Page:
# Homophonic Substitution Cipher

## Introduction §

The Homophonic Substitution cipher is a substitution cipher in which single plaintext letters can be replaced by any of several different ciphertext letters. They are generally much more difficult to break than standard substitution ciphers.

The number of characters each letter is replaced by is part of the key, e.g. the letter 'E' might be replaced by any of 5 different symbols, while the letter 'Q' may only be substituted by 1 symbol.

The easiest way to break standard substitution ciphers is to look at the letter frequencies, the letter 'E' is usually the most common letter in english, so the most common ciphertext letter will probably be 'E' (or perhaps 'T'). If we allow the letter 'E' to be replaced by any of 3 different characters, then we can no longer just take the most common letter, since the letter count of 'E' is spread over several characters. As we allow more and more possible alternatives for each letter, the resulting cipher can become very secure.

## An Example §

Our cipher alphabet is as follows:

```A B C D E F G H I J K L M N O P Q R S T U V W X Y Z
D X S F Z E H C V I T P G A Q L K J R U O W M Y B N
9       7       3         5 0       4 6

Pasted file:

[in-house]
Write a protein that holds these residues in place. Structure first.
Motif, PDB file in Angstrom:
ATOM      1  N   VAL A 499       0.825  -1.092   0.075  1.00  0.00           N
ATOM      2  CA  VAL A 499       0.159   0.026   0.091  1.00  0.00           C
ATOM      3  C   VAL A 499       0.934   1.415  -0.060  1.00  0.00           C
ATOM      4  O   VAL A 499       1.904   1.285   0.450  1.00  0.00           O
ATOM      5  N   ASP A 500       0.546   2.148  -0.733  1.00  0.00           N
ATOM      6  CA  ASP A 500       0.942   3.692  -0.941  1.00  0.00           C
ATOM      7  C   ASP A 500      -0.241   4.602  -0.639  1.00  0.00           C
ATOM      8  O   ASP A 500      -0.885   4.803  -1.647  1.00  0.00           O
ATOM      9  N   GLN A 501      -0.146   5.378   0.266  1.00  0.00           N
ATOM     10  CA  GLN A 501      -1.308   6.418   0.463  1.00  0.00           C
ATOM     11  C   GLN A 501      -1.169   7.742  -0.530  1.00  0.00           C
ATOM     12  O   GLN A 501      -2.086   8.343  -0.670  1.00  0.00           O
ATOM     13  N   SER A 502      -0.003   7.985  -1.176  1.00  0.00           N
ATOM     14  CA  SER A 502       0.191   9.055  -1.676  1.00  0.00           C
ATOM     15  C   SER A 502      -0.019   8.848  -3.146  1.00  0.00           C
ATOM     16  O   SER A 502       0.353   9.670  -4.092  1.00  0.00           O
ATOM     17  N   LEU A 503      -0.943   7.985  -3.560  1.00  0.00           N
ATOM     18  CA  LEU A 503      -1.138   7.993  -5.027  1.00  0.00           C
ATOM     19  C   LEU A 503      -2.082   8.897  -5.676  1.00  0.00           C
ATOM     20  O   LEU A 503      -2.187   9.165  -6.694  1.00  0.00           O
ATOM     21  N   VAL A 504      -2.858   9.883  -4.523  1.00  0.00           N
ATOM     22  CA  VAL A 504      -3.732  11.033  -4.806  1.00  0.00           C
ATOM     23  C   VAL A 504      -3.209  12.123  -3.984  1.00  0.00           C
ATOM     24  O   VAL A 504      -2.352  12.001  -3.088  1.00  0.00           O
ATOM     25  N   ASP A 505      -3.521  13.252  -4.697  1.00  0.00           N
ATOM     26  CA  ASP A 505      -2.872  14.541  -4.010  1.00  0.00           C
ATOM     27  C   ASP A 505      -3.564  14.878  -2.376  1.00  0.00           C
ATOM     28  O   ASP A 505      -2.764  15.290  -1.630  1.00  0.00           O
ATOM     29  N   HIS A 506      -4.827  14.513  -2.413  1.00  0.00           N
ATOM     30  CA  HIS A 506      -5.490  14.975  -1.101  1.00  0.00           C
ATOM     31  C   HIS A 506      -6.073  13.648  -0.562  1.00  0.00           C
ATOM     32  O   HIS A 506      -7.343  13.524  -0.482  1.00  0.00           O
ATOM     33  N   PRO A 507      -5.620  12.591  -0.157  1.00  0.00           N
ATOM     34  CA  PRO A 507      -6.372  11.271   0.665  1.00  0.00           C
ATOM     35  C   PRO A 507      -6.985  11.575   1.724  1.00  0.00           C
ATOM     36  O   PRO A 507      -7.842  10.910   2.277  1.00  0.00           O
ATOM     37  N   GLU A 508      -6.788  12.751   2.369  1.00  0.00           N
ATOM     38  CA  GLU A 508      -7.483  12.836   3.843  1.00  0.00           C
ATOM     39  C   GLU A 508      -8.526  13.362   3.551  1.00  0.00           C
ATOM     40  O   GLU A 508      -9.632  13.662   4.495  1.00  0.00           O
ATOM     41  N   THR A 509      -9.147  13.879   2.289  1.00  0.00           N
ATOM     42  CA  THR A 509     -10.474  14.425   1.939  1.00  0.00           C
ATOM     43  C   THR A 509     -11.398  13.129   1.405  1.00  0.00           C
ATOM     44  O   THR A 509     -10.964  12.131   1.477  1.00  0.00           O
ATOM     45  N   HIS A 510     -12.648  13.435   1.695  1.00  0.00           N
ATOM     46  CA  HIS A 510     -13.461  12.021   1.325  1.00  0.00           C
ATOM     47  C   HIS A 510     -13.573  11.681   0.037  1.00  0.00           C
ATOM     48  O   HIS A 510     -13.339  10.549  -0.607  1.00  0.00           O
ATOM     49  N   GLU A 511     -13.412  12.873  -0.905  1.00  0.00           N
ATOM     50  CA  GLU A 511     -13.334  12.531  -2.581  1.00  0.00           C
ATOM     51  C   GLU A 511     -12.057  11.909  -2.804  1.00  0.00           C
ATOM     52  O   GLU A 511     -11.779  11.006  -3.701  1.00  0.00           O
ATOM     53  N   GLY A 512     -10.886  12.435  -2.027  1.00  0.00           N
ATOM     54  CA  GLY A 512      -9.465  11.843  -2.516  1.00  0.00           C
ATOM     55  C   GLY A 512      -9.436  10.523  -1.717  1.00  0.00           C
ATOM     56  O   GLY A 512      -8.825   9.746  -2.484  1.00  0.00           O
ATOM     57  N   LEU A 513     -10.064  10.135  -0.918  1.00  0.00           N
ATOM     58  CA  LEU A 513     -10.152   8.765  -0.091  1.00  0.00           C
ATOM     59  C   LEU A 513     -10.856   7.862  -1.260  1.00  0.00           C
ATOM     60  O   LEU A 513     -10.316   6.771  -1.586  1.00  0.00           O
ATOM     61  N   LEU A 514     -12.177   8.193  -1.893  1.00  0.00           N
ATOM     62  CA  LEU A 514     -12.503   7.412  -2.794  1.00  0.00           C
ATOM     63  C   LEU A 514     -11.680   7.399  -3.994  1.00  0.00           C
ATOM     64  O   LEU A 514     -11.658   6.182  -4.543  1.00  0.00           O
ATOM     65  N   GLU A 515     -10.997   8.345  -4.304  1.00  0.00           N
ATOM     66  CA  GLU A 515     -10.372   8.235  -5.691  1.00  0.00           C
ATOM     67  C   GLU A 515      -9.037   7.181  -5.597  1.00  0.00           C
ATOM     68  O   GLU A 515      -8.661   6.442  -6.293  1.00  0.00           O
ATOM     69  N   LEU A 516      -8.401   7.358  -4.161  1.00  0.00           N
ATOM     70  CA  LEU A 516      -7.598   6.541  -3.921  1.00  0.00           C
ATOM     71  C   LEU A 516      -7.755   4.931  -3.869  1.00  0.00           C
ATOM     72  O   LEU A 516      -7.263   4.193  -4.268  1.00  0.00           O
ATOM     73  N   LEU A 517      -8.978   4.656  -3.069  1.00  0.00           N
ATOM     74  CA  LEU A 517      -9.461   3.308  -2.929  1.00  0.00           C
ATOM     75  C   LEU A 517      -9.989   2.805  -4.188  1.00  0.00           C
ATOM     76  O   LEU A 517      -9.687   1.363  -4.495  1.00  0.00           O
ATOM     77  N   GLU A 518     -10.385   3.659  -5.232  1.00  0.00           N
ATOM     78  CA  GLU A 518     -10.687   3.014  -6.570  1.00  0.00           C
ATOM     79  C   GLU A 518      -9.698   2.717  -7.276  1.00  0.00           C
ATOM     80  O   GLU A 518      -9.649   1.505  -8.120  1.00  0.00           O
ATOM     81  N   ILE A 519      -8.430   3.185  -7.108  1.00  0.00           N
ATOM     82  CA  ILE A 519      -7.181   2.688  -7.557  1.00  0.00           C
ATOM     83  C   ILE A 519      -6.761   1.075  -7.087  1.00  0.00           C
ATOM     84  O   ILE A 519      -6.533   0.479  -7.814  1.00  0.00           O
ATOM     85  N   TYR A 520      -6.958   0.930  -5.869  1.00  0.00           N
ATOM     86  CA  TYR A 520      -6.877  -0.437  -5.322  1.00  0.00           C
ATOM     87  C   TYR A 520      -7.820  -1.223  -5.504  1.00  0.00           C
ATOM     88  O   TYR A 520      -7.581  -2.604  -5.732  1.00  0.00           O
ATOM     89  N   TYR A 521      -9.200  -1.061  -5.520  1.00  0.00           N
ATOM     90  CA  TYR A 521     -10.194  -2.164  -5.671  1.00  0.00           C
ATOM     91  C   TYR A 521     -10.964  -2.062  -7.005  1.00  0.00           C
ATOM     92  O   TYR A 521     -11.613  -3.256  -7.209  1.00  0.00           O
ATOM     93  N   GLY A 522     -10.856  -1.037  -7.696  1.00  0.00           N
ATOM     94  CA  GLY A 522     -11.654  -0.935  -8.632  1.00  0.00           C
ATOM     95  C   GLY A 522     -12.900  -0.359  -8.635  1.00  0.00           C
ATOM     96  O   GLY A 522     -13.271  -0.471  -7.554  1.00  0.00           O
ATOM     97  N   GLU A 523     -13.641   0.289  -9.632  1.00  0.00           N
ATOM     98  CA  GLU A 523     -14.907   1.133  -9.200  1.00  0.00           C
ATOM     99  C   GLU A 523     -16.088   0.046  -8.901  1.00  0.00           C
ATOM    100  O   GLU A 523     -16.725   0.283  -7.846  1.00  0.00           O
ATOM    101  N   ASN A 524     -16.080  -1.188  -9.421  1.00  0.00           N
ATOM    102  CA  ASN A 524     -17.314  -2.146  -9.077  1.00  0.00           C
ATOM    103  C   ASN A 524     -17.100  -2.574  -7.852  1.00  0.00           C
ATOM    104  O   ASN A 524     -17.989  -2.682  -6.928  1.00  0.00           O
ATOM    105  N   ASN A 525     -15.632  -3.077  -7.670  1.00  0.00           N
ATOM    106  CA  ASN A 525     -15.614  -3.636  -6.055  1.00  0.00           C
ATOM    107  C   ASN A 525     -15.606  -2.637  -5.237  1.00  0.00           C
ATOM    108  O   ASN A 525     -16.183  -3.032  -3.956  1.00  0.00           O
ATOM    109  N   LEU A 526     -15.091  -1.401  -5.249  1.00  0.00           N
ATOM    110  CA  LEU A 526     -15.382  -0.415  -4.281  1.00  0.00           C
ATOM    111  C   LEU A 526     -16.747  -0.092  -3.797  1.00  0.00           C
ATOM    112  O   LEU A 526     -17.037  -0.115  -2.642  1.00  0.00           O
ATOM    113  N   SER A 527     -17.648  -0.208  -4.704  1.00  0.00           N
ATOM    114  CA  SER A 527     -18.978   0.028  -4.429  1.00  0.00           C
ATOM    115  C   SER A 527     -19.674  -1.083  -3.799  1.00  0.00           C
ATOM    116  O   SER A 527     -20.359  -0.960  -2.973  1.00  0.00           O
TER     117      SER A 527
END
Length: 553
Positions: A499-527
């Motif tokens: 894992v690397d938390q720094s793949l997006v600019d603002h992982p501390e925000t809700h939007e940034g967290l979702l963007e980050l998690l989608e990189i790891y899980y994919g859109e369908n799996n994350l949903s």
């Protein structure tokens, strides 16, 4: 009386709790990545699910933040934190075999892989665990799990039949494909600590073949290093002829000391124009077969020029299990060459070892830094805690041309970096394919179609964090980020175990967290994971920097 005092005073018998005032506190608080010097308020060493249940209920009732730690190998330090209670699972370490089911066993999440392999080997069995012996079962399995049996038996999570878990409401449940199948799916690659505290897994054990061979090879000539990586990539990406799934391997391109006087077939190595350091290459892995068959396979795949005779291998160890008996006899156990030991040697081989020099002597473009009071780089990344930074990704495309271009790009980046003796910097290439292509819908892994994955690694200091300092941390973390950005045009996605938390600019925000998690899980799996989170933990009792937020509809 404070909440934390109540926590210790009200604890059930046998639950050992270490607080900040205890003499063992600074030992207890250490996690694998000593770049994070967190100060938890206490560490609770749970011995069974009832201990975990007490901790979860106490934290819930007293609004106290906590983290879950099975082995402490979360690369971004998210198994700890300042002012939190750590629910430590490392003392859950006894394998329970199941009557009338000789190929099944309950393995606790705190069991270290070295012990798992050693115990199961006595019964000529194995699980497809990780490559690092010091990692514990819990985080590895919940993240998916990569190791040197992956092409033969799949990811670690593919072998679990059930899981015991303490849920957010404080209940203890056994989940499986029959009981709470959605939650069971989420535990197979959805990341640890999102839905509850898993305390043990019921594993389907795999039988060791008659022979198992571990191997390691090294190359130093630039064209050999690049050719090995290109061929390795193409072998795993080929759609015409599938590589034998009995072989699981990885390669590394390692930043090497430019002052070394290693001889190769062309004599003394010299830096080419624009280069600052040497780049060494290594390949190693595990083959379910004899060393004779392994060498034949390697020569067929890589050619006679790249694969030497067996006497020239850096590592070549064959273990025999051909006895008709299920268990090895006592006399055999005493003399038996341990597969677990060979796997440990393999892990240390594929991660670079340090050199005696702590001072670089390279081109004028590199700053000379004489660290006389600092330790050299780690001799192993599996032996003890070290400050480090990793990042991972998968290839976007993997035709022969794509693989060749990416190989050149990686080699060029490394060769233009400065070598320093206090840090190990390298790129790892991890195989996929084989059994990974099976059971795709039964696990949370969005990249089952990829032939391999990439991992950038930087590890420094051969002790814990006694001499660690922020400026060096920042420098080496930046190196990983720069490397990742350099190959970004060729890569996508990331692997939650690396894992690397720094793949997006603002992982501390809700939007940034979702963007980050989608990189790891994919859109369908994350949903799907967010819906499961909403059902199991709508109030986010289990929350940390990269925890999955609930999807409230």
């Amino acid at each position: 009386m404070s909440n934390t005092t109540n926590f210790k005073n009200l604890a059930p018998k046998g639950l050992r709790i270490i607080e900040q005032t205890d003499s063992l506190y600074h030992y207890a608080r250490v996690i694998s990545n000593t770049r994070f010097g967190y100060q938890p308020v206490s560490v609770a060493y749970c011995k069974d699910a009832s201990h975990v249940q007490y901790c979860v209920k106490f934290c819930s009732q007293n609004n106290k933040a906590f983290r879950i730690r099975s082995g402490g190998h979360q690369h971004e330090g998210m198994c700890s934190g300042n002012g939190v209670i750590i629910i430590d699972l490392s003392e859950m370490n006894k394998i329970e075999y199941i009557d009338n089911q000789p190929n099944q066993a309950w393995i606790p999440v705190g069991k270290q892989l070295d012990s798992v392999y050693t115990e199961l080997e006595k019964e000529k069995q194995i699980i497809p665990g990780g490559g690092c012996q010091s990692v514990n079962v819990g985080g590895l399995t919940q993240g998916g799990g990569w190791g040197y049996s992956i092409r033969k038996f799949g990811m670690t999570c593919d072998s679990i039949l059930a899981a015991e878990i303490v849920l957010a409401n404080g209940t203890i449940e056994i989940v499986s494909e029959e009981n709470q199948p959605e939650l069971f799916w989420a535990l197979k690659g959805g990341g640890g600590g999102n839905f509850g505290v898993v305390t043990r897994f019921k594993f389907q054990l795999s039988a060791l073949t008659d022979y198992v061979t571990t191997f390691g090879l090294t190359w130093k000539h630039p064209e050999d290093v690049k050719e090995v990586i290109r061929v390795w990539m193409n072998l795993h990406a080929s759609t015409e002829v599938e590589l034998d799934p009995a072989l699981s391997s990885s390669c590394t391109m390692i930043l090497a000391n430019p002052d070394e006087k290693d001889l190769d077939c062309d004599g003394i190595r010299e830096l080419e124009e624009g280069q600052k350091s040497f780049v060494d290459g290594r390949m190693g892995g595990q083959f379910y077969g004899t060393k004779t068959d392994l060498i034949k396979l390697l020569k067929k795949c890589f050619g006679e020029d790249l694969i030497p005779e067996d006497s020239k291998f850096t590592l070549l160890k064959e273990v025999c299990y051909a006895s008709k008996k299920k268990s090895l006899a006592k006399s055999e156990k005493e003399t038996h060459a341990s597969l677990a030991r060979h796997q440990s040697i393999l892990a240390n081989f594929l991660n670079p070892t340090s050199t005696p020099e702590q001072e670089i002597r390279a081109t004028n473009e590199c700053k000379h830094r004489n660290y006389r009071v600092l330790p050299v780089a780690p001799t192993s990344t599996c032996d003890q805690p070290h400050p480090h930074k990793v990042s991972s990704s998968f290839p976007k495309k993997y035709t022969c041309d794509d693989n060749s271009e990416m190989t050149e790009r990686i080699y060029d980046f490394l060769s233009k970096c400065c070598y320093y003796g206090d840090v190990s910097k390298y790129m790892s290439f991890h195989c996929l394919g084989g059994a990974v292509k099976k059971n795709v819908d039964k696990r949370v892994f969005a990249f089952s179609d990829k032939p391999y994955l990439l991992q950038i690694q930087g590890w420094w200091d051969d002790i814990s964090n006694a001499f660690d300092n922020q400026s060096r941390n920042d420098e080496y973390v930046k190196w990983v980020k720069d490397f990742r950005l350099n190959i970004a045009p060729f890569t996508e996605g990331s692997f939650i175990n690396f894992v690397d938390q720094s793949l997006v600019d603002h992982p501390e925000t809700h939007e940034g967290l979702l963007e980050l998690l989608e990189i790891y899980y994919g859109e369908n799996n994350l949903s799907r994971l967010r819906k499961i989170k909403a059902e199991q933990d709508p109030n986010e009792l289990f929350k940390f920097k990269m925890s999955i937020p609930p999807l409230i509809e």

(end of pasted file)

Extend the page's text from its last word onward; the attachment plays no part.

2
1
```

To encipher the message DEFEND THE EAST WALL OF THE CASTLE, we find 'D' in the top row, then replace it with the letter below it, 'F'. The second letter, 'E' provides us with several choices, we could use any of 'Z', '7', '2' or '1'. We choose one of these at random, say '7'. After continuing with this, we get the ciphertext:

```plaintext:  DEFEND THE EAST WALL OF THE CASTLE
ciphertext: F7EZ5F UC2 1DR6 M9PP 0E 6CZ SD4UP1
```

The number of ciphertext letters assigned to each plaintext letter was chosen to flatten the frequency distribution as much as possible. Since 'E' is normally the most common letter, it is allowed more possibilities so that the frequency peak from the letter 'E' will not be present in the ciphertext.

## Cryptanalysis §

Breaking homophonic substitution ciphers can be very difficult if the number of homophones is high. The usual method is some sort of hill climbing, similar to that used in breaking substitution ciphers. In addition to finding which letters map to which others, we also need to determine how many letters each plaintext letter can become. This is handled in this attempt by having 2 layers of nested hill climbing: an outer layer to determine the number of symbols each letter maps to, then an inner layer to determine the exact mapping.